The OP's question about long range shooting has been answered in a rather unique way.The lowly .22 is one of the most versatile cartridges that can keep a plinker happy as well as be an economic teacher of position shooting and long range shooting.

alan
August 19, 2012, 10:14 PM
4EVERM-14 wrote:

The OP's question about long range shooting has been answered in a rather unique way.The lowly .22 is one of the most versatile cartridges that can keep a plinker happy as well as be an economic teacher of position shooting and long range shooting.
__________________
David
NRA Benefactor Member
Distinguished Rifleman #731
Presidents 100
--------------------------------------------------------------------------
I don't know that you are in any significant way incorrect in what you said, but I cannot really dispute your comments either, as like I said, I nevwer got into 22 rf in anything like a serious way.

I note your status, Distinguished and Presidents 100. Impressive. For myself, I held, at one time, NRA High Power Expert Classification, and NRA Life Membership since 1973. Lot of water undwer the bridge since then.

Keep your poqwder cool and dry.

Alan

4EVERM-14
August 20, 2012, 02:27 PM
alan, thanks. A lot of water has passed under my bridge as well.
A good friend and shooting partner is a highpower competitor. He always used to say that the .22 was for "kids and old men". When we both began shooting a winter position league he quickly agreed that it was not at all easy. It was as challenging and satisfying as highpower. It is a great substitute when circumstances don't allow centerfire practice.

Ideal Tool
August 20, 2012, 10:56 PM
Hello, everyone. Concerning that 200 yd. shooting exhibition..The match was just about finished for the day..most shooters had left..only myself, and two or three old timers were left. If I remember correctly, I was the only one mesmerized by this shooting..the others kind of took it all in stride. Now the fellow doing the shooting was on his own back-yard range..way out in country with cornfields surrounding house...probably unlimited amount of practice time..since he had just retired. Sadly, diabetes took those wonderful eyes, and later his life.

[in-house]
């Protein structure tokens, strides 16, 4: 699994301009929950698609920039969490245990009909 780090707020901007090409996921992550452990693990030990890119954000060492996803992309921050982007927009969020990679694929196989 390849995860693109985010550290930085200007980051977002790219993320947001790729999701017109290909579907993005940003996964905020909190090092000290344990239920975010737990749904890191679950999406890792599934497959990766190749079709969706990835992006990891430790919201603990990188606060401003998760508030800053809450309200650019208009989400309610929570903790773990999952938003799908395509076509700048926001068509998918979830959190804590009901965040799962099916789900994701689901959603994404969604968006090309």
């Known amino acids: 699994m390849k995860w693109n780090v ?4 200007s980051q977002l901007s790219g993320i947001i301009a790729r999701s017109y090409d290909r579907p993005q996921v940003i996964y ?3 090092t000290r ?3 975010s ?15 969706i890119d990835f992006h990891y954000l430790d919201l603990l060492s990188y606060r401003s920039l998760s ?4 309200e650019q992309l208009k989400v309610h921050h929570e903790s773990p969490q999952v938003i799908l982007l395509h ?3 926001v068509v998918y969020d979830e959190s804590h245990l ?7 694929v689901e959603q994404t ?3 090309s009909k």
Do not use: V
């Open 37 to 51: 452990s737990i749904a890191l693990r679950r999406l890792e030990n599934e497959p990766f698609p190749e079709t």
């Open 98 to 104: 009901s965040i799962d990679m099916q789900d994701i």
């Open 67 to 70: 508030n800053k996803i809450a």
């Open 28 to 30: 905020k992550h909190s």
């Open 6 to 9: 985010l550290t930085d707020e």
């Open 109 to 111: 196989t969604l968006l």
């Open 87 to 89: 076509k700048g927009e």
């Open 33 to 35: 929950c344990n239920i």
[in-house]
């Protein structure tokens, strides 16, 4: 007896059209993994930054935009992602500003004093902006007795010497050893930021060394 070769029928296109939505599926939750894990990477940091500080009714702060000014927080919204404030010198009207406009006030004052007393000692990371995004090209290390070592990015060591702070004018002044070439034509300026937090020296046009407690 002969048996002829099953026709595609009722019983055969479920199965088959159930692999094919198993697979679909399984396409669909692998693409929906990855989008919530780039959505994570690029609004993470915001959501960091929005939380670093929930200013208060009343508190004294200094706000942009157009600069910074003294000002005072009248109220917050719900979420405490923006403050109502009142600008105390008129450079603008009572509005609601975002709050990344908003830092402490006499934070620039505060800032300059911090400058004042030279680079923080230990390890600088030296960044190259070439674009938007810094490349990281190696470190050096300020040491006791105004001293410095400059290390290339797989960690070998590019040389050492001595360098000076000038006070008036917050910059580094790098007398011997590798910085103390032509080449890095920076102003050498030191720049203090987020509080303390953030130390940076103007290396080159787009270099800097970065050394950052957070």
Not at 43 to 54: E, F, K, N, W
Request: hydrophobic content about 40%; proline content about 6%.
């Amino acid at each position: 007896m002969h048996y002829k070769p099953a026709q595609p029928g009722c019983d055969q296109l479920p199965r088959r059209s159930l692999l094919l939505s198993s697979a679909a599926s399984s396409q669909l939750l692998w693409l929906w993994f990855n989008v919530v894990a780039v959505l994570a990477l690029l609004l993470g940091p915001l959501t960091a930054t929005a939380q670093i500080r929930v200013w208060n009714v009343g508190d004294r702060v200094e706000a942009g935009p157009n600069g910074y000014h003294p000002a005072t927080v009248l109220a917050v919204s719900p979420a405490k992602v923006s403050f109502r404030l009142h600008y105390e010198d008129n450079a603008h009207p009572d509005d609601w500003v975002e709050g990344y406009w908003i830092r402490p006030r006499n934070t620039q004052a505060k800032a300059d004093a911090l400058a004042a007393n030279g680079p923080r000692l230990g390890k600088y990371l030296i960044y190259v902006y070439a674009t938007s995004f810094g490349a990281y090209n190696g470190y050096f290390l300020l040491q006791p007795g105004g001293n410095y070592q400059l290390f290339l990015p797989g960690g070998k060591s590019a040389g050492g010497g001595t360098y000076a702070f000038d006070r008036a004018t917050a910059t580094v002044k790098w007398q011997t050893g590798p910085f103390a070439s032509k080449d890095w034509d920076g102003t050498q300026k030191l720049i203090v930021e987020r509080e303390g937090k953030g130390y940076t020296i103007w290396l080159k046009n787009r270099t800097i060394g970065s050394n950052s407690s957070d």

I have always been facinated by the old-time 1000yd. matches of Creedmoor & Wimbledon. I have a book with detailed information on these matches & dimensioned drawings of the huge chilled cast-iron targets they used. The bull was steel..and gave a distinctive ring..as opposed to the dull clunk of the iron..What I would give to be able to witness those far off rings.
Since my home range is limited to 100yds..I scaled those 1000yd targets to 1/10 size. the 10 ring is 3.6" in dia. Looking thru irons, it looks like a pencil dot out there. 200yds. would give a more realistic feel... what wth wind and mirage, and they could easily be scaled for such a distance.
I printed them on heavy paper..both the early square, and later round bulls.
Last summer, I used a customized BSA 12/15 match rifle, stocked in English walnut & re-barreled with a 30" heavy 1" at muzzle barrel made by H.M. Pope in 1930. brl. has scope blks, but I used the BSA adj. appature rear, & Watson interchangeable appature front.
Shooting prone, with & without sling..I was able to keep most in the black..but this rifle is heavy! even with sling, I found I had to lay rifle down after each shot..got to get in better shape!
I was even thinking of contorting my old carcase into one of them fancy creedmoor back positions!..Have to watch the toes!

alan
August 20, 2012, 10:59 PM
4EVERM-14, or Dave:

I guess we all come to that point, though being quite far removed from being a “kid”, “old man” would be more accurate, perhaps I should take up the 22. I have two of them one an H & R 5200, a heavy, single shot target rifle, the other being a Mossberg tubular feed “target rifle”, which I have shot now and then, it's a lightweight.

Haven't shot rifle competition in quite a while, can't really remember when last I did, and I'm these days down to two bolt action rifles, those defined as 30 caliber, either 30-06, my first choice or a close second, the 7.62mm NATO or .308 Win if you prefer, both having been converted to left hand operation. I never could see sights with my right eye, and reached over the stock with Model 70's for a long time. Such action used to draw the occasiponal odd look. If all else fails, there is always IPSC competition, though I shoot a pistol to slowly to do much good. Lots of fun though, and one needn't carry half a ton of “stuff around either.

Take care.

alan
August 20, 2012, 11:08 PM
Ideal Tool :

From what I've read of the type of long range shooting you mentioned, they would fire a shot, then cock an ear toward the target and listen for the "thump".

Seems as if the "back position" would have been quite unforfortable but who knows.